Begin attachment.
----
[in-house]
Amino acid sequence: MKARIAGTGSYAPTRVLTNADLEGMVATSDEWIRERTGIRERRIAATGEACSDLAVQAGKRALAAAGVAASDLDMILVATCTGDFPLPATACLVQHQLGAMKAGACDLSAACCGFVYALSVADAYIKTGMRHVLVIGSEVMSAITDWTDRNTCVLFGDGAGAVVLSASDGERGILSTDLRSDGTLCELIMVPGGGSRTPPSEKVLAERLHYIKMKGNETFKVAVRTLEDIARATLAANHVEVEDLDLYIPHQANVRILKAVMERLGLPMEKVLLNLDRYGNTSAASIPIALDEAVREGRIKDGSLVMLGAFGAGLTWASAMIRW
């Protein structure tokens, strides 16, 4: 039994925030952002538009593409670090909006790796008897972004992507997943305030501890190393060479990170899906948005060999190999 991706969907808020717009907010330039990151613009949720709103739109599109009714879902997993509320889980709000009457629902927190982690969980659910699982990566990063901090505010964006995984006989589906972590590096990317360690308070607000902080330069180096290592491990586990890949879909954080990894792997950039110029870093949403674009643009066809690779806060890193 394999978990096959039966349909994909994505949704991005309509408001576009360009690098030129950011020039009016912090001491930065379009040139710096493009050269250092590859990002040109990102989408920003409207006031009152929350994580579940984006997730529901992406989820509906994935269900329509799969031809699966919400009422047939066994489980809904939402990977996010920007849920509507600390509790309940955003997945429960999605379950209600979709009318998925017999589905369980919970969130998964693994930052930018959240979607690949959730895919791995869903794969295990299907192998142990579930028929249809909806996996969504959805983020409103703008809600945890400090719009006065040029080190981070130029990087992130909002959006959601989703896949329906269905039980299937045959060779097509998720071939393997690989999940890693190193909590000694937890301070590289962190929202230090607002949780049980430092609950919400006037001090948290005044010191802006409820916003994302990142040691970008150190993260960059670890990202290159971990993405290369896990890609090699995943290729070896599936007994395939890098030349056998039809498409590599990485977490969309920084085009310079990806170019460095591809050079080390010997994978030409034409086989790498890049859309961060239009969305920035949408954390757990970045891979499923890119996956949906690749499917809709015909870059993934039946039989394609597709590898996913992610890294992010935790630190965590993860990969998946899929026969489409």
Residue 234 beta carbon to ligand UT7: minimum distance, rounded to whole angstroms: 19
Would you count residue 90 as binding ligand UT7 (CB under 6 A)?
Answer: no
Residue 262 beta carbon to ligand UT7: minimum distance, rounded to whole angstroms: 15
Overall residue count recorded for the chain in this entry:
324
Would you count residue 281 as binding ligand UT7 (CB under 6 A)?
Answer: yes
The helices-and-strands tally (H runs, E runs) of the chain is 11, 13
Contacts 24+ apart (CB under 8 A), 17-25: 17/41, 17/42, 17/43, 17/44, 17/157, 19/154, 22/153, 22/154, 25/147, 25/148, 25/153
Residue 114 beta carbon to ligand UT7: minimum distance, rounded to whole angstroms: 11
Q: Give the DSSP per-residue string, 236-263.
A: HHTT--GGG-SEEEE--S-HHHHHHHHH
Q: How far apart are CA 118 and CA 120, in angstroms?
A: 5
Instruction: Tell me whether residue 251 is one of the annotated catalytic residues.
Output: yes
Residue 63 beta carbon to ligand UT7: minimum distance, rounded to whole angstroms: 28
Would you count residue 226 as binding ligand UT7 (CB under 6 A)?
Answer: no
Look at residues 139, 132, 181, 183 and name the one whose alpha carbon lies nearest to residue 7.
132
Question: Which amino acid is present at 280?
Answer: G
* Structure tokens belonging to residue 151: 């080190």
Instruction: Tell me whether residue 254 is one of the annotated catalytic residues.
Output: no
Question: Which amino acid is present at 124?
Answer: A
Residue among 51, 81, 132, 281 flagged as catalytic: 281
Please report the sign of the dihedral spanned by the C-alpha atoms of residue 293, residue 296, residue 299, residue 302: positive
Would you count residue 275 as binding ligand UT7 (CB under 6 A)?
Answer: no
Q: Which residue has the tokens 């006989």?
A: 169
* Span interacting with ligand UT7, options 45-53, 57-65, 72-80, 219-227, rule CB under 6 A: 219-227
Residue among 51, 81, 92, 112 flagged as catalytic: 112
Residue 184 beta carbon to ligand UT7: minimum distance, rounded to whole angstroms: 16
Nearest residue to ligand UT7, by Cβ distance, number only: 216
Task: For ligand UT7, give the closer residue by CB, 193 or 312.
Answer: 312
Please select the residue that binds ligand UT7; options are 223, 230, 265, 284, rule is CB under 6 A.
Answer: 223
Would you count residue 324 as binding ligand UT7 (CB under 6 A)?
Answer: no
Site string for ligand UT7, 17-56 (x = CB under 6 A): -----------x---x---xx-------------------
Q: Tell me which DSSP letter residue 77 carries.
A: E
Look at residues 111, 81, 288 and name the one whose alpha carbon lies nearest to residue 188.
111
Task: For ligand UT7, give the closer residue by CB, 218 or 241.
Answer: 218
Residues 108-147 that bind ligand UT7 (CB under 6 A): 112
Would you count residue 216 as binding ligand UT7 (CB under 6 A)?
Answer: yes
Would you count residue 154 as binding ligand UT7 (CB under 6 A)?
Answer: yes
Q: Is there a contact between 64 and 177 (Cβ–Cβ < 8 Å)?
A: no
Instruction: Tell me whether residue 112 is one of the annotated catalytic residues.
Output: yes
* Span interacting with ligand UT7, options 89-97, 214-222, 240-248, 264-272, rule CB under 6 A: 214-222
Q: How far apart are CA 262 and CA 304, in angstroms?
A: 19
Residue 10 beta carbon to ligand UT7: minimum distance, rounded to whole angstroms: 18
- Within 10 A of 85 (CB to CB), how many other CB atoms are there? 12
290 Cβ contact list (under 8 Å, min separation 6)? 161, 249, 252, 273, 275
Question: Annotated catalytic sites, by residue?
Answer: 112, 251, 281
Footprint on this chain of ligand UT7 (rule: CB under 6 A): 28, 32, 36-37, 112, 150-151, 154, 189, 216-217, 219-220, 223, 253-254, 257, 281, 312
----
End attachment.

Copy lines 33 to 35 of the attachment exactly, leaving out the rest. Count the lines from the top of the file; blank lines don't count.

Residue among 51, 81, 132, 281 flagged as catalytic: 281
Please report the sign of the dihedral spanned by the C-alpha atoms of residue 293, residue 296, residue 299, residue 302: positive
Would you count residue 275 as binding ligand UT7 (CB under 6 A)?